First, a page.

When no one answers his question, Sterling continues, “I’d like to see everything you have recovered so far, as well as your catalogue if you don’t mind.”
He makes himself comfortable at Alec’s work table. Alec sets him up with his clean laptop, one that never had any information about Khufu on it. It has all of the information about their dig though, including everything that Parker and Eliot had managed to log earlier that day. Parker drags out their bins of artifacts from- you know what, Alec actually doesn’t know where she has been keeping those. None of them are keen to stick around and watch Sterling sort through their hard work. They gravitate toward the other side of the camp. Eliot and Alec drag over their chairs from around the fire pit and they all try to sit with their backs to Sterling.
“Who is this guy, Nate?” Alec asks for all of them.
Nate tells them about Sterling. He tells them about how he and Sterling began working at the museum around the same time, and tells them about their early friendship. He tells them about a time when he had thought that he could trust Sterling and had told him, four beers into their night, about this crazy story of a piece of Khufu’s treasure horde surfacing very far from where it had any right to be. Sterling’s face had lit up and Nate had been thrilled to have a partner in this wild hunt. And what a partner. Nate made almost no progress on his own in his search before bringing Sterling into the loop. The headway that they made together in the first year was staggering. Then-
Nate breaks off and looks at the group of them almost sheepishly, tinged with something much more serious and sad.
“It’s personal,” he says. “But something happened with- at home. I decided that I had to give up on Khufu. Just didn’t see the point in it anymore. I told Sterling and he got angry. I didn’t care. I left the museum for almost five years and when I got back I kept hearing strange things about Sterling and what he planned on doing with the treasure if he got his hands on it. There’s no need to go into the details. Suffice it to say that hearing about it was enough to make me start looking again, just to be sure that Sterling wouldn’t be the first one to find it. But to do that, I needed all of you.”
Alec jerks his head up from where he had been resting it in his hand. Parker and Eliot frown in unison. Sophie purses her lips and leans back into her chair.
“I looked into everyone I could find who was looking into Khufu.” Nate says it like an apology. “I had no idea how close Sterling had come to it, or even what the newest discoveries were. I knew I needed a whole team – all of you – if I wanted to catch up with him. I knew I needed you,” he says more quietly and mostly to Sophie, “if I wanted to actually beat him to Khufu.”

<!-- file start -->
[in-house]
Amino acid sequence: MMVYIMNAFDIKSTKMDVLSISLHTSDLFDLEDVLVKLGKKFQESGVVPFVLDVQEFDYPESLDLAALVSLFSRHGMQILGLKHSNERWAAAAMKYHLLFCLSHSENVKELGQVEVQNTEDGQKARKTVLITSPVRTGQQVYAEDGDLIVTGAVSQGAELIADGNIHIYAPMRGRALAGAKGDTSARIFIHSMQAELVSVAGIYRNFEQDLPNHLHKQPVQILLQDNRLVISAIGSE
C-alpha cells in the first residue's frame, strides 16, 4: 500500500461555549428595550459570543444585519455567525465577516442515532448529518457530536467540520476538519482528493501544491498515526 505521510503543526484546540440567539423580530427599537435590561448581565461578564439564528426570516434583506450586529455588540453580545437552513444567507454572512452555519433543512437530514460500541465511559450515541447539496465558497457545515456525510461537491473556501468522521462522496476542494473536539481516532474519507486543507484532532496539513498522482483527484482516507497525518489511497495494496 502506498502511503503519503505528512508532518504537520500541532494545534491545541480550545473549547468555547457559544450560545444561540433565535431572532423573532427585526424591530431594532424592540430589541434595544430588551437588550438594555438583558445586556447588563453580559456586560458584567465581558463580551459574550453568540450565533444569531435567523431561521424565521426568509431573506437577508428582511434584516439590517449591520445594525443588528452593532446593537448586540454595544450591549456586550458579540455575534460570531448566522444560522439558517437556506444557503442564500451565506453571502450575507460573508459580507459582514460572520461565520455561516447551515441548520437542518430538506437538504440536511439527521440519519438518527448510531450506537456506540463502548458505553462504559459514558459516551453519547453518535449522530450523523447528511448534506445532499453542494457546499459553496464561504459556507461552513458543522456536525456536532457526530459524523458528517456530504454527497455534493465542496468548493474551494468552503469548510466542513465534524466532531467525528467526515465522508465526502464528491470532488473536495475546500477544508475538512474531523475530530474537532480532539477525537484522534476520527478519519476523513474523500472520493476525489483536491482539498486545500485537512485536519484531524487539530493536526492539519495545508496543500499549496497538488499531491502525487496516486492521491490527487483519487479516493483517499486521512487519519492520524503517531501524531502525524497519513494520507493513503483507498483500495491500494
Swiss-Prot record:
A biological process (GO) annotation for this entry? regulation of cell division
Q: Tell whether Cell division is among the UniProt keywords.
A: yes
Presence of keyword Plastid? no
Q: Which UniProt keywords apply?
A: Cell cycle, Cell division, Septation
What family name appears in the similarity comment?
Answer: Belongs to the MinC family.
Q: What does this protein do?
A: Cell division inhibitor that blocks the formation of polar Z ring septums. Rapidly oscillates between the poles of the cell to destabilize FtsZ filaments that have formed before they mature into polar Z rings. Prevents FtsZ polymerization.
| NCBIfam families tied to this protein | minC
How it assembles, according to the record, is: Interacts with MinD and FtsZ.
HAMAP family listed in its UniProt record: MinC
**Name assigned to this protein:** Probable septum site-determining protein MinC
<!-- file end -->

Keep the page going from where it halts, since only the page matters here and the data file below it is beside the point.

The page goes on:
They all absorb this quietly for a minute. Sophie shakes her head and gets up. Nate follows her to the edge of the tomb. They argue softly, the way Alec imagines that parents do when they don’t want their children to know what’s going on. It’s mostly tilted heads and brushed-away touches to safe places like the shoulder or the elbow.
“What do you guys think?” Parker says crossly.
“I think we need to get this Sterling guy out of our goddamn campsite,” Eliot says lowly.
“There’s nothing about Khufu on the laptop I gave him,” Alec says. “There’s no way he can find anything important on it.”
“Are you sure, Hardison? You positive?”
“Yes, Eliot, I am positive.” He mentally reviews the likelihood that Sterling could find something from that laptop, but nope, there’s just no way.
“Maybe we should try to figure out what Sterling knows,” Parker says. Eliot and Alec look over at her. “Nate says he’s good. Maybe he knows something that can help us.”
“There’s no way to ask him without tipping him off that we know about Khufu and that we’re after the treasure,” Eliot says.
“So we tip him off. We can just split the treasure six ways instead of five,” Parker says. The guys stare at her. “Kidding.”
But Parker’s comment about splitting the treasure makes Alec realize that they haven’t discussed what they’re going to do with the treasure when-if-when they find it. Clearly Parker has thought about it. She seemed so sure that they are going to split it, and it makes Alec wonder if the rest of them actually have had a conversation, and besotted Alec was too distracted to even think to be a part of it. They must think he is such an amateur.